Baguettes & Buns

My Gluten Free Artisan Bread Rolls

Date: 31 Mar 2014 Author: Jacqui Categories: Baguettes & Buns, Food, Savory Snacks & Nibbles Comments

I am learning, yes still learning, but I can say that I have improved drastically especially when it comes to Gluten Free Bread … as some would say, the Holy Grail of a Celiac or Gluten Intolerant!  I tried and tested this recipe, even froze the bread and then heated it up in the oven again.  It tasted like wheat bread … let us not exaggerate here, well closer … but it is one of the best I have made.  At least it does not leave or have that Gluten Free taste which I seem to loathe.  I have used, apart from the usual starches, quinoa and buckwheat flour, as well as flax seeds and psyllium husk, all these contributing to a healthier version of the usual Gluten Free bread, giving it more protein and fibre.  I noticed that this bread did rise quite a bit even once in the oven.  My advice is to not overfill the baguette trays or not to make it too high if you are leaving it free-form.  I would appreciate your comments if you try this out.  I enjoyed it as I did not have to toast it to eat it.  I will still tweak here and there till I am fully satisfied!  I hope you will like it!

Just a small note.  It is of utmost importance to weigh accurately so use digital kitchen scales.

Ingredients

  • 90g Tapioca Starch
  • 80g Potato Starch
  • 30g Quinoa Flour
  • 35g White Rice Flour
  • 15g Buckwheat Flour
  • 10g Sweet Rice (Glutinous Rice) Flour
  • 1 tsp Baking Powder
  • 1/2 tsp Xanthan Gum
  • 1 tsp Ground Flax Seed
  • 1 tsp Psyllium Husk
  • 3/4 tsp Sea Salt
  • 2 Eggs, beaten
  • 100 ml Warm Milk
  • 1 tsp Active Yeast
  • 1 tsp Sugar
  • 30 ml Olive Oil
  • Seeds – sesame, sunflower, pumpkin, poppy, whatever you prefer

Method

Combine all the dry ingredients together with a whisk in a mixing bowl. Dissolve the yeast together with the sugar in the small bowl in the warm milk and set aside to let it foam.

Add the beaten eggs to the flour blend, stir and then add the yeast mixture, and lastly the oil.

 

Using a spatula, combine everything until the ‘dough’ looks smooth.

Cover the bowl with cling-film, place in a warm place and leave to rise for about 30 minutes to an hour.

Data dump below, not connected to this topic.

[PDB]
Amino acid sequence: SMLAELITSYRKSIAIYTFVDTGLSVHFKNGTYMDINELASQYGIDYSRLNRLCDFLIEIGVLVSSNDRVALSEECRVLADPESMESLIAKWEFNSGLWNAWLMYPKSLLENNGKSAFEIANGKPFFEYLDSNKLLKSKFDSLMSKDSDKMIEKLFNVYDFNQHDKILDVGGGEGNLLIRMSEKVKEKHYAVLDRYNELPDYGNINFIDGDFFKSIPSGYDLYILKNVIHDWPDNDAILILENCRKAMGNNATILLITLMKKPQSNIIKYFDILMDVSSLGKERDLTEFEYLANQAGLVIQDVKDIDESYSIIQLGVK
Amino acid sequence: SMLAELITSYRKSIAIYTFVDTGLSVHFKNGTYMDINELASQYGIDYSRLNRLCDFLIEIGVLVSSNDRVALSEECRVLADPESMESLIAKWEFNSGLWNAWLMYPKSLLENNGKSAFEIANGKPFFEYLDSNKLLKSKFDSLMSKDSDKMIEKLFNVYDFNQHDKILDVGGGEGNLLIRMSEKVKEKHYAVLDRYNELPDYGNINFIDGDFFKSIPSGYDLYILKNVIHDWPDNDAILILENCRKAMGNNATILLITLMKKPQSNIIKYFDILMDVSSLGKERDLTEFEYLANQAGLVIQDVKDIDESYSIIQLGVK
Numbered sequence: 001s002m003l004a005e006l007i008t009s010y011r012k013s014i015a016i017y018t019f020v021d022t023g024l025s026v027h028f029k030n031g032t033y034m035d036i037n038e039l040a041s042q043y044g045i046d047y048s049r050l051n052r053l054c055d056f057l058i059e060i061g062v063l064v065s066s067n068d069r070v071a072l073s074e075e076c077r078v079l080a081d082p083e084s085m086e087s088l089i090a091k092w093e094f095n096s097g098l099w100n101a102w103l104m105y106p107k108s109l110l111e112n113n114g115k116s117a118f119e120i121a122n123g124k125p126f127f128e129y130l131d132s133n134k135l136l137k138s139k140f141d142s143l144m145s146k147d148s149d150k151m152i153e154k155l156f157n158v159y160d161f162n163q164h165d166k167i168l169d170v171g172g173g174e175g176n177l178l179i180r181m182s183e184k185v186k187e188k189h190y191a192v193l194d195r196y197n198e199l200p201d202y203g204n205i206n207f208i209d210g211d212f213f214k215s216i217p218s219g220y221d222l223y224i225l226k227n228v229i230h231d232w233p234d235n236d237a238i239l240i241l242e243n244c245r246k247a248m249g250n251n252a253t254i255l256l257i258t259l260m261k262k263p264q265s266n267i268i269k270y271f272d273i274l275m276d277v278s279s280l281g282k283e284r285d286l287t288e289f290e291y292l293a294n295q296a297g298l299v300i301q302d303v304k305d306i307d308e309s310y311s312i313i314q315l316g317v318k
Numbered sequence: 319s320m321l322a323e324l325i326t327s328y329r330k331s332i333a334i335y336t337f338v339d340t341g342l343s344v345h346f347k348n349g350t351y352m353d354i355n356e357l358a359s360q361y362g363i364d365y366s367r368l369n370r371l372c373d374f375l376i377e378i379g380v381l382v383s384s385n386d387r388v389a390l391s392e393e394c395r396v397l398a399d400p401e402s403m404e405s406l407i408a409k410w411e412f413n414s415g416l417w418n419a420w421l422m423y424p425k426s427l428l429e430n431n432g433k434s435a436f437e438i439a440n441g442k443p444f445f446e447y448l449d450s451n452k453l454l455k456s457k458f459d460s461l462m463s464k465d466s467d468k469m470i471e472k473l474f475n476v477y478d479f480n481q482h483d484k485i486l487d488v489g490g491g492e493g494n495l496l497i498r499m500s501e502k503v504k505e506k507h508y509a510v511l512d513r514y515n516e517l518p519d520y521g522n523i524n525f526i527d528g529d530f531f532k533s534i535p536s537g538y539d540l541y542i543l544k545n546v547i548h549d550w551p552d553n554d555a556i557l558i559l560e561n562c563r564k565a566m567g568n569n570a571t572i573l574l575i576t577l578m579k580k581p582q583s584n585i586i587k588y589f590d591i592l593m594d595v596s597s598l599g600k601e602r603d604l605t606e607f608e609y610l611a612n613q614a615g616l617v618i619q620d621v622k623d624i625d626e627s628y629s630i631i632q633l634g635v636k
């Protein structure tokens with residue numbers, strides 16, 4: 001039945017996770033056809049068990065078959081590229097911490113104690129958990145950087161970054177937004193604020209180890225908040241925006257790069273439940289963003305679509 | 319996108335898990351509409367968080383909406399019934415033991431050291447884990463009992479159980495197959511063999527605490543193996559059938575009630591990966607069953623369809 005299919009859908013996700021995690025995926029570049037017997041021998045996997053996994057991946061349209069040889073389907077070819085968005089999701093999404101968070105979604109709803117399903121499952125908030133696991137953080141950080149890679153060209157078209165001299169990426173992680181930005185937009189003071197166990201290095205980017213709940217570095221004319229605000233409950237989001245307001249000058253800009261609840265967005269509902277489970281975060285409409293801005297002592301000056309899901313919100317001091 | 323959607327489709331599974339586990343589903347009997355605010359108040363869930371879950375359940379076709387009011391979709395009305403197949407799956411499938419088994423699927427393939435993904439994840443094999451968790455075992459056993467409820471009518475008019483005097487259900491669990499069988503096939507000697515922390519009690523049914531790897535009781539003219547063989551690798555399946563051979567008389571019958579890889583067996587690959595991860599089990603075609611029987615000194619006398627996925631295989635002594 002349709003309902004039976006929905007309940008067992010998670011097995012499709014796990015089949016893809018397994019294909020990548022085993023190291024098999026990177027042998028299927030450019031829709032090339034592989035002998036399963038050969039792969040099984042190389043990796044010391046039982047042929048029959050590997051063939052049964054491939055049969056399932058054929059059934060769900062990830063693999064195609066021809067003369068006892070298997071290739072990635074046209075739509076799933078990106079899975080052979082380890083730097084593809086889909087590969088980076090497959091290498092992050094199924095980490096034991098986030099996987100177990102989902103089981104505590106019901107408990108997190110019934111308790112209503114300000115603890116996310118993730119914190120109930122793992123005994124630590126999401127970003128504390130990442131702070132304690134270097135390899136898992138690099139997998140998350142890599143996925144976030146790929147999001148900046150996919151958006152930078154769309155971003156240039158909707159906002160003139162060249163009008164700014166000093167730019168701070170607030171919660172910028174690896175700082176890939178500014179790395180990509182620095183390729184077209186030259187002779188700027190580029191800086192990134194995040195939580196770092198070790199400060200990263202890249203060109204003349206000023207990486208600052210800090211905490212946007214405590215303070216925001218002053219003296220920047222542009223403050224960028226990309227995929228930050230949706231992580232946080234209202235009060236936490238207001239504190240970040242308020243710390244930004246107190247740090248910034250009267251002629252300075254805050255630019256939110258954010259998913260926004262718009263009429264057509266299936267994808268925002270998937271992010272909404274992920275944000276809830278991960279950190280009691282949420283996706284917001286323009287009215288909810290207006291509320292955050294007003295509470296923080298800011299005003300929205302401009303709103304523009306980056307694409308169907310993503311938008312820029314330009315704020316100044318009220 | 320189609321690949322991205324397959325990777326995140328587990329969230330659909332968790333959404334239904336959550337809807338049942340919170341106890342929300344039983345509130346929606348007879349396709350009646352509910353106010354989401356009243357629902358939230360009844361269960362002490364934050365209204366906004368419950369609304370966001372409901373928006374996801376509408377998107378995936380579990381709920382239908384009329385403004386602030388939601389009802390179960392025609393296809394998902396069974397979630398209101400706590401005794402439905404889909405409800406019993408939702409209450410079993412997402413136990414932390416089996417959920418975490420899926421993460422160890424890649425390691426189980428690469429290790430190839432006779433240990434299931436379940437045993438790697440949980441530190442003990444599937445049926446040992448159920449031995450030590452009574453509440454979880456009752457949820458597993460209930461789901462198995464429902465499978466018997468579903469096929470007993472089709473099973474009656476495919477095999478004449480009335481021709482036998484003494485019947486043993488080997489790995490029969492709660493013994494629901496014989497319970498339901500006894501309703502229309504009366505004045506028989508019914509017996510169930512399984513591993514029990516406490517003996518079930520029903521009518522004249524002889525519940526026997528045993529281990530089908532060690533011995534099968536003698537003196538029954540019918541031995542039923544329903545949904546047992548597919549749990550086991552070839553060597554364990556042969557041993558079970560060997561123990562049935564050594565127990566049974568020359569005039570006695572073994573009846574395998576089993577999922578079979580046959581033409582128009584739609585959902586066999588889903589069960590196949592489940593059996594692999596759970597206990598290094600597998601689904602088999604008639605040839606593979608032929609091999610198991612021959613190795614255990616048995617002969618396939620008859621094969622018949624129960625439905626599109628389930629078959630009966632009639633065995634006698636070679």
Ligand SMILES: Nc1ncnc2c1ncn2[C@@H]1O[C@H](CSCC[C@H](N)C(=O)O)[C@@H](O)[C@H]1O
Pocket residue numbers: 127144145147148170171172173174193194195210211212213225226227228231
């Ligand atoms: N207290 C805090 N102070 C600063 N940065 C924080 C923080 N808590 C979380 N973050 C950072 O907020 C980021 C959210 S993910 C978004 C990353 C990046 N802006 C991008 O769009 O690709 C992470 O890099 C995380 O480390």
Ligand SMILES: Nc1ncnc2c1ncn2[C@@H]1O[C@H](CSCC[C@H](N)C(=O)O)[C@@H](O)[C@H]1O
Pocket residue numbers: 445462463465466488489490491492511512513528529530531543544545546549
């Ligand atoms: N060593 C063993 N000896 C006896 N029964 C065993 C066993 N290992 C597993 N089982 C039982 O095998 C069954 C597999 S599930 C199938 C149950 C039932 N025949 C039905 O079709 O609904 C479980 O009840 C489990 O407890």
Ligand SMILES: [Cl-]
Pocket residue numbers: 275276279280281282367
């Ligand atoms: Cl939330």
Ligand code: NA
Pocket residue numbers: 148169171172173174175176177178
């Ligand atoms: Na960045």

Preheat the oven to 200 deg C. Place a silpat or a baking sheet on your counter.  Lightly dust it with more starch or any gluten free flour.  Take the bowl and scrape the ‘dough’ onto the paper or silpat. The dough will be very soft and airy.

Sprinkle a bit more flour on top of the ‘dough’ and using your spatula, scrape and shape at the same time rolling the ‘dough’ over in the flour. You do not need to use your hands, just move it and shape it around with your spatula.  Besides it is too sticky to mould with the hands and adding more flour will make it dense.  If you are going to make one loaf, then shape it into an oval shape,  brush it with oil, and dust with a little more flour.

Cut slits on the top using an oiled knife. If you have baguette pans, divide the ‘dough’, using your spatula and place in the greased pans. Make them shallow as it will rise. You can brush them with milk instead of oil, at the same time smoothing the top. Sprinkle seeds over the top pressing them down gently into the dough.

Place in the oven and bake for 40 to 50 minutes, until the crust is nicely browned and the loaf/rolls sound hollow when tapped. Leave to cool completely before slicing.

This is how they came out of the oven. I was pleasantly surprised to say the least.  I never expected them to look like this, expand and stretch just like wheat bread! And in the baguettes, I did not even cut any slits on top. The taste is far better than what I have tasted so far.  And also has a nice and crunchy exterior.  The only thing I would change as already explained is maybe make the baguettes lower, that is, less dough in the pan since they do rise.  It would not be a problem if it was a bigger loaf as you will then cut it into slices, but found the baguettes too high even to eat.

And finally a lovely warm ham and cheese baguette straight out of the oven!

Comments

  1. Geraldine Fsadni says:

    Prosit! Will give recipe a try. How many baguettes did you make using the above mixture?

  2. Jacqui says:

    Thank you Geraldine! Well I managed to get three (approx 7 inch) out of this but again, as I said on the recipe, better if maybe you divide mixture by four since they do rise. Or else if you are doing this the first time, make one whole loaf to see how it turns out. Do let me know and if you have any suggestions, I would be more than willing to hear them! :)